Pubdate: Sat, 02 Feb 2008
Source: Burlington Free Press (VT)
Copyright: 2008 Burlington Free Press
Author: Terri Hallenbeck, Staff Writer
Bookmark: (Cannabis)
Bookmark: (Decrim/Legalization)


MONTPELIER -- In the past couple weeks, the Senate  Judiciary
Committee has listened to hours of testimony  about decriminalizing

They've heard some people say the state is consuming  valuable law
enforcement time pursuing users of a  harmless drug who should not be
branded as criminals.

They've heard others counter all those arguments.

Committee Chairman Richard Sears, D-Bennington, emerged  from
testimony Friday thinking he's not inclined to  decriminalize
marijuana, as the proposed legislation  that launched the debate would
do. He would, however,  support eliminating jail time as a possibility
for  first-time possession of 2 ounces or less and allowing  all such
defendants to go through court diversion and  receive no criminal record.

"The point I'm left with is we have jail time attached  to a crime and
relatively few if any have done jail  time on it," Sears said.

Sears' approach is a compromise, but he might not have  the votes in
his committee to send it to the full  Senate. Most of the five
committee members said Friday  they don't see the point in changing
the law at all.

"I don't think we need to do anything," said Sen. Alice  Nitka,
D-Windsor. Decriminalization sends a bad message  to young people, she

"I don't think the system's broke," said Sen. Kevin  Mullin,

"I'm not going to do anything to put law enforcement in  a precarious
position," said Sen. John Campbell,  D-Windsor, a former police officer.

"I'm not sure anything I heard would make it better,"  said Sen. Ann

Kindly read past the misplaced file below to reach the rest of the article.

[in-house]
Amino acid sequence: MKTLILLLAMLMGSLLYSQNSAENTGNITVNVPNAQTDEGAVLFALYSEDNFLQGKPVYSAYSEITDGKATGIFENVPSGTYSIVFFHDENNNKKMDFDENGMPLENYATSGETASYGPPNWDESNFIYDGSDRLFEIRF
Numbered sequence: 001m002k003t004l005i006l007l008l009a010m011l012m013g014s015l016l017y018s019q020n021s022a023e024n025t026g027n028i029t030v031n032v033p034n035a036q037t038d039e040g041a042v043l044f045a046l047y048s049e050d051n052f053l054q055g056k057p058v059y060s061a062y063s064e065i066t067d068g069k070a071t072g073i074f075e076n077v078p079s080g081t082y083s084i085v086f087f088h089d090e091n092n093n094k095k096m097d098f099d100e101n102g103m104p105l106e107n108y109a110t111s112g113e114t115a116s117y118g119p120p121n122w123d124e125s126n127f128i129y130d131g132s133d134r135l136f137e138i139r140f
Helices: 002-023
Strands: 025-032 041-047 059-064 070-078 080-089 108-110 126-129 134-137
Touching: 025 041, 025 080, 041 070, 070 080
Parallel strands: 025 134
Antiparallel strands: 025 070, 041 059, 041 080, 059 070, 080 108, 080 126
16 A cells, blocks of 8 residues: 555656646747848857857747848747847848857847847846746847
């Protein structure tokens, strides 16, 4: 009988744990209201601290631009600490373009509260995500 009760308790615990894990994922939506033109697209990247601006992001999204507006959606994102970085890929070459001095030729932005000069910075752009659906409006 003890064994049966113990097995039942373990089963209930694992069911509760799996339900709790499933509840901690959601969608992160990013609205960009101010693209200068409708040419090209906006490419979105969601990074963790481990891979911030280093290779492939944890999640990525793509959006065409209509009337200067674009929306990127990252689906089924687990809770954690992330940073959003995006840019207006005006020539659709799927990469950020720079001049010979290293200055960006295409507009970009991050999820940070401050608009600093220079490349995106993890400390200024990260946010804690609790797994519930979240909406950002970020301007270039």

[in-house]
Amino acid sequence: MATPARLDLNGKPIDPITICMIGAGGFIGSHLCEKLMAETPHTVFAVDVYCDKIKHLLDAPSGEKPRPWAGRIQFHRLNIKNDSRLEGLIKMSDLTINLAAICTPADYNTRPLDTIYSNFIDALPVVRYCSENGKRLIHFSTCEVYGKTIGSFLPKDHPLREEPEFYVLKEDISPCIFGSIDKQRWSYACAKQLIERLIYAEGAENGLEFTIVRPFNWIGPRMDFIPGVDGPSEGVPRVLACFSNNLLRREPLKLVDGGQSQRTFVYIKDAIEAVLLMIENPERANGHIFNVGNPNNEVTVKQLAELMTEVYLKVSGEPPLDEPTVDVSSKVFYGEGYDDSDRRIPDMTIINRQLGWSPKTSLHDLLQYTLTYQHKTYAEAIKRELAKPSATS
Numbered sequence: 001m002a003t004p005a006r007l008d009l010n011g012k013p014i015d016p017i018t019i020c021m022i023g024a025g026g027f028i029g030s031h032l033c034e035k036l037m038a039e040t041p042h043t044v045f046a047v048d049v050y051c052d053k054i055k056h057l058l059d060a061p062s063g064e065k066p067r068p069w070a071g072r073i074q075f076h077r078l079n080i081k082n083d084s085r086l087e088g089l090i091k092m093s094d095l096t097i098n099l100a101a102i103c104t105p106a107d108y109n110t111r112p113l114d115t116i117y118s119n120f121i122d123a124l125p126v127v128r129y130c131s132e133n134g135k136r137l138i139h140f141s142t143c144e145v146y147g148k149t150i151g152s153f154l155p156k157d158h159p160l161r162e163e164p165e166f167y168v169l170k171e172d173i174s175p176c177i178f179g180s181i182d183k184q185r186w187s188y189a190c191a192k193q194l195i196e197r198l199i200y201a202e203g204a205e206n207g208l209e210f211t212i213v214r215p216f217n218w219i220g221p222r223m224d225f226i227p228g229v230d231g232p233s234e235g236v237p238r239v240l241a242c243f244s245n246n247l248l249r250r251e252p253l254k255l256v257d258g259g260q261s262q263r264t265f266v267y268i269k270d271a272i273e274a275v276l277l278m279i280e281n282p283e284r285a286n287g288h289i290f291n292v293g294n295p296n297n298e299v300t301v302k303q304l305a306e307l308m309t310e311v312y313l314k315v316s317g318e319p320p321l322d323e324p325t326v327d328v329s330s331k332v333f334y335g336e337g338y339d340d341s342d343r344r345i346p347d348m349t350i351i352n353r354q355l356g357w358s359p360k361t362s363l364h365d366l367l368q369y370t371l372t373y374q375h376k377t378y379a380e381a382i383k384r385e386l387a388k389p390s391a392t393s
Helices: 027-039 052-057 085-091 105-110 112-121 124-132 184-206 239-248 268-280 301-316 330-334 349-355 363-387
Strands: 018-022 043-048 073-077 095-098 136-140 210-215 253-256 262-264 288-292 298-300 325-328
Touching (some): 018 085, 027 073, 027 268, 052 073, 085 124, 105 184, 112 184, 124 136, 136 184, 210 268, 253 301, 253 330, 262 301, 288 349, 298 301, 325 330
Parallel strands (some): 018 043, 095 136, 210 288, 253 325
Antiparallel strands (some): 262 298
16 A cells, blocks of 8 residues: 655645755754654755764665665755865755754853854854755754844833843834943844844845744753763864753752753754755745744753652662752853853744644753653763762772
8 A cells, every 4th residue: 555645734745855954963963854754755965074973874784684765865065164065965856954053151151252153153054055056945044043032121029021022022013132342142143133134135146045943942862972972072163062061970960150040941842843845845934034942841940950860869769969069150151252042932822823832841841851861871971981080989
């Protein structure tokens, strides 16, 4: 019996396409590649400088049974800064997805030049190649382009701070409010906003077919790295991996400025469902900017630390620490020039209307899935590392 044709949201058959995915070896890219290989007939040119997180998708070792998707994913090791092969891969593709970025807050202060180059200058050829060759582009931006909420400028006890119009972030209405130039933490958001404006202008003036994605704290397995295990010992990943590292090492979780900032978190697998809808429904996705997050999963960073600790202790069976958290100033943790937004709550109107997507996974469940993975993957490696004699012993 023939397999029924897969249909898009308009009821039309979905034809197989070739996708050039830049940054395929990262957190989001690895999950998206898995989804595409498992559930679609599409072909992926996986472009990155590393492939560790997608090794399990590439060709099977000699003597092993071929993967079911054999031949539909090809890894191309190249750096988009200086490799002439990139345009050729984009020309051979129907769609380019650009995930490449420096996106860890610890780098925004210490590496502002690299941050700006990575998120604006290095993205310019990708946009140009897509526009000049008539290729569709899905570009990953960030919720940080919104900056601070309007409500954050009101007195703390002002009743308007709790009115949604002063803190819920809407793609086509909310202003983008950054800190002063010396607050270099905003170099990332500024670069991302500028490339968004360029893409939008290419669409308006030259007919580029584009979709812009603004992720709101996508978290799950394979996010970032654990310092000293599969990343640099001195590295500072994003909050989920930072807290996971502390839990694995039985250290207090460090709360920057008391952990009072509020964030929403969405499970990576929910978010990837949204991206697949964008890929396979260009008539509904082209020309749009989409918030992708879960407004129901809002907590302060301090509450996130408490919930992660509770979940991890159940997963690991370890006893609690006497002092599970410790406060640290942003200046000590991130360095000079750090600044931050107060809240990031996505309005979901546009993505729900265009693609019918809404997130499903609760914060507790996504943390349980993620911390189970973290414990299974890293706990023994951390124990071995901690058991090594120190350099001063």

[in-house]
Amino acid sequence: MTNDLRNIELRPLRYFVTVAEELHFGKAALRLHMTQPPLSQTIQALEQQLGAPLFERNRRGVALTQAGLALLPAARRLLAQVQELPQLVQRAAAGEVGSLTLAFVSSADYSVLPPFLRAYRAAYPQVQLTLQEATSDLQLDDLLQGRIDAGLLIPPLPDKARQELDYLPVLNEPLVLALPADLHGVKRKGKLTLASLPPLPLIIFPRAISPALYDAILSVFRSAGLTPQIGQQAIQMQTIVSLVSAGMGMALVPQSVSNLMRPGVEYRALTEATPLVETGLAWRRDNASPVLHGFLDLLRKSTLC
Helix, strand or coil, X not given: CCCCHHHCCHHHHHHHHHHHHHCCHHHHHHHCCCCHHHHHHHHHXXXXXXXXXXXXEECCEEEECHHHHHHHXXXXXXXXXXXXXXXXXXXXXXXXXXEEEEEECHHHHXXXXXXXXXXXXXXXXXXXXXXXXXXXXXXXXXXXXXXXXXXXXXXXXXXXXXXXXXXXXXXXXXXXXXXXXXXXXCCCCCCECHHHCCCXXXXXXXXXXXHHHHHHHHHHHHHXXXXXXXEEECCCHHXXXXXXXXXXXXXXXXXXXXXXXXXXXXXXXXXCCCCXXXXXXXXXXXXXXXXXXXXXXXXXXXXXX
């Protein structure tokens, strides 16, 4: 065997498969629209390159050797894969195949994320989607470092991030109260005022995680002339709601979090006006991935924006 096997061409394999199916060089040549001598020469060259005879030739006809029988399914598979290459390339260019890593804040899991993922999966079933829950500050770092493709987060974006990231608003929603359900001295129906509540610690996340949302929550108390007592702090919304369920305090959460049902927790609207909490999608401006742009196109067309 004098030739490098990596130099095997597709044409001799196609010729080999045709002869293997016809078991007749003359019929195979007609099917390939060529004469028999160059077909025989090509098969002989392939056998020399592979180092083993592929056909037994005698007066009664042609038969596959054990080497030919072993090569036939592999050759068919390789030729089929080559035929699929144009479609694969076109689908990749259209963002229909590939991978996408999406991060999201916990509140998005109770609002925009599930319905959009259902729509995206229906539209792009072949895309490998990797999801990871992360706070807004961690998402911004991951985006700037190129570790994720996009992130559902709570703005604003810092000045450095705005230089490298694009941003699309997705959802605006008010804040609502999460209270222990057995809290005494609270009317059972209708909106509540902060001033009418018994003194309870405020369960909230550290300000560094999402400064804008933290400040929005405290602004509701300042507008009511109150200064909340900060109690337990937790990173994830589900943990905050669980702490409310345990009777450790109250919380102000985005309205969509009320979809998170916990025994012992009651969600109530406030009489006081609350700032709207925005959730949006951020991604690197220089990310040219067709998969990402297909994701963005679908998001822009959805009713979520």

Cummings, D-Washington, adding that she's  still considering the issue.

First-time possession of 2 ounces or less of marijuana  is punishable
in Vermont by up to six months in prison  and a $500 fine. Those
testifying before the committee  said 90 percent of the cases go to
court diversion,  meaning the defendant received no criminal record
and  no jail time. Sears said he'd like the penalty to  reflect the
reality so that people in all parts of the  state are treated the same.

The committee has heard conflicting arguments about  whether
decriminalization would help or hurt the state.

Windsor County State's Attorney Robert Sand, a strong  advocate for
decriminalizing small amounts of  marijuana, urged the committee to
divert such cases out  of the criminal justice system. "Are we
comfortable  calling someone a criminal simply because they use a 
small amount of marijuana?" he asked. "I am absolutely  convinced the
majority of Vermonters are not  comfortable with that."

Vermont State Police Maj. Tom L'Esperance countered  that
decriminalizing the drug would remove the  deterrent for some young
people to try it, which he  said would be a mistake. "I want this
decision to be so  difficult it's easy," he said.

Sears said Friday he was unpersuaded that removing the  cases from the
criminal system would be beneficial. If  cases were handled with a
ticket similar to a traffic  violation, defendants would be left with
a permanent  traceable record, even if it wouldn't be a criminal 
record, instead of having that record erased by going  through court

"It might stop somebody from getting a certain job,"  Sears

Sears said he will think about the issue over the  weekend and expects
the committee to take it up again  Thursday.
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